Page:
(2) Reduced Inventory: Implementing single-piece flow will require each operation to only produce what is needed by the next operation (in Lean jargon, we call this individual the surgeon). When followed properly, the process will eliminate any opportunity to build ahead. Consequently, inventories will not be allowed to build up.

(3) Requires less space: As inventory levels are reduced, less space and manpower will be required to manage (receive, count, stock, store, pick and deliver) it. In addition, single-piece flow usually results in manufacturing cells that squeeze machines close together so that a single operator can oversee many pieces of equipment with the least amount of walking motion.

(4) Enhances overall manufacturing flexibility: We know from our value steam maps that the less inventory in a value steam, the shorter the lead-time will be from customer order to product delivery. In a single-piece flow environment, since we operate with less inventory, lead times will also drop, thereby giving us more time to react to customer orders (unless the strategic decision is made to pass off the lead-time gains to the customer in order to beat competitors!).

(5) Makes identifying future Kaizens simpler: We have already discussed that in a single-piece flow environment, defects and WIP inventories fall. As this happens, the shop floor will open up and it will become easier to see production problems. For example, if a particular process can not keep up with takt time and WIP is not allowed to be incurred, it will quickly become apparent to even the casual observer that something is wrong. In this case, it will be easy to decide where to focus the next improvement activity.

(6) Ensures a safer work environment: Less inventory means less clutter, more light in the darkest corners of the factory and the opportunity to better layout equipment and tools. Also, since manufacturing cells are occupied by a set number of employees who each know their repeating tasks (as defined by standard work), there is less opportunity for unexpected movements, which decreases the chances of accidents.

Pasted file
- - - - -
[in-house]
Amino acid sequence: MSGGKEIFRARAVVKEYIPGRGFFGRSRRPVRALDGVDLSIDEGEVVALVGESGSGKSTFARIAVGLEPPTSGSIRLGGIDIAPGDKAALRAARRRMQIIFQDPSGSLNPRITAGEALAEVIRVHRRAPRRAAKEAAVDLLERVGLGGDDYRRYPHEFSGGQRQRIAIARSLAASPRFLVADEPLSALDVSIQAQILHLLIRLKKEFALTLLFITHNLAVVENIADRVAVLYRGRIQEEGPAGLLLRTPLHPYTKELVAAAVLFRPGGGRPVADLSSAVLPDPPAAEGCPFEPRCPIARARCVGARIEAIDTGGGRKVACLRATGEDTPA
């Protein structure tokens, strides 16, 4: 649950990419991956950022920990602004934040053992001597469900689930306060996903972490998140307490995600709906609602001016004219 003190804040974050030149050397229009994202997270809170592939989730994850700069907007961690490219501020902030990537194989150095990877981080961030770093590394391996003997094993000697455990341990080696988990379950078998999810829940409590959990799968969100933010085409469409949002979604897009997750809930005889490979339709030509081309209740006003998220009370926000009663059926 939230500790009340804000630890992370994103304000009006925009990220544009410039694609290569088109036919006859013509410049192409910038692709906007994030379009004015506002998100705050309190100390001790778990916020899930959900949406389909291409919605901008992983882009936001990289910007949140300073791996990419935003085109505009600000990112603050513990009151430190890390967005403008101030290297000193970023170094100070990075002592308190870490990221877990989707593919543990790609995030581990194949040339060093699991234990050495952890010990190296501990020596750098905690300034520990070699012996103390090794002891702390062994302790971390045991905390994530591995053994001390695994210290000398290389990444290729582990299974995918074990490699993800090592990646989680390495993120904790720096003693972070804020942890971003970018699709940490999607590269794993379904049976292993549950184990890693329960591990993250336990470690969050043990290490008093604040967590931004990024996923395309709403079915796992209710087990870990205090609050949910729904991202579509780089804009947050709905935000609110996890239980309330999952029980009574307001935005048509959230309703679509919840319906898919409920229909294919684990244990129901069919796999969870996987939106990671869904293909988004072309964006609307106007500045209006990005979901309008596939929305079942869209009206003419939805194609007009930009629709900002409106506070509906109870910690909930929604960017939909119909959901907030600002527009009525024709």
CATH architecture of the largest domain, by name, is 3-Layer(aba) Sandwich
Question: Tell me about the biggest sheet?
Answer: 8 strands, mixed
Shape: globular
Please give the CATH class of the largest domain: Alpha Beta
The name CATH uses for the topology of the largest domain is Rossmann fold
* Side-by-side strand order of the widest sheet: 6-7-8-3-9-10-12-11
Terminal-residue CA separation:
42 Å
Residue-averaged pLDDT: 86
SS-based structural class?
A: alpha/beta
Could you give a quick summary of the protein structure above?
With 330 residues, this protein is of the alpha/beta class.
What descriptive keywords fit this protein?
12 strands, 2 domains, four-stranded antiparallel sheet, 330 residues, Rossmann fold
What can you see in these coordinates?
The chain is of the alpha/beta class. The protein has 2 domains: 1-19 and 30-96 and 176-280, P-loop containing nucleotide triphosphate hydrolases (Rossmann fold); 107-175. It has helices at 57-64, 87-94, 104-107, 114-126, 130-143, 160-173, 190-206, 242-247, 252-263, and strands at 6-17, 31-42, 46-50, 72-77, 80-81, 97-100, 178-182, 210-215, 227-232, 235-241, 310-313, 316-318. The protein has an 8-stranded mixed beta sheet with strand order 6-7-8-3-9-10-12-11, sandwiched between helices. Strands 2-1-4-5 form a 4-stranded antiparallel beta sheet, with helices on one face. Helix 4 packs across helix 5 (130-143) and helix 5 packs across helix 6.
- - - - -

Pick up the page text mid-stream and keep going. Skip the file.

(7) Improves employee morale: Since single piece flow results in production problems being identified and (hopefully) solved right away. Team members will receive immediate feedback on their work. This in turn will give everybody more ownership in their production area. Also, provided they lead problem-solving efforts by focusing on processes and not individuals, more trust will be gained in managers.

These are just some of the benefits of single-piece flow. Of course, implementing such a production system is easy to write about or discuss in an academic context. Inside the plant, achieving single-piece flow will require years of work. At a minimum, waste must be continually sought, standards (via 5S for example) must be implemented and maintained, and a level loaded (heijunka) schedule must be developed. All this will require many hours of hard work and constantly challenging the current state.

You may have occasional work that interrupts the process. There is the roving operator defined as the Water Spider who flits around and between Cells acting as a line support function to handle relief work and recurring-but-not-every-cycle tasks, such as moving materials in, moving finished goods out, building another cardboard box when the previous one has been packed full of the finished product. When it is not practical to have a Water Spider, you can have Supervisors or team leaders help in these areas.

Cells and Single-Piece-Flow methodologies really seem counter-intuitive, but they work and your productivity will dramatically increase while your quality improves. However, you really need to stay committed during the development and compliance phases. Batch muscle memory is one of the hardest paradigms I have faced to kill in my career.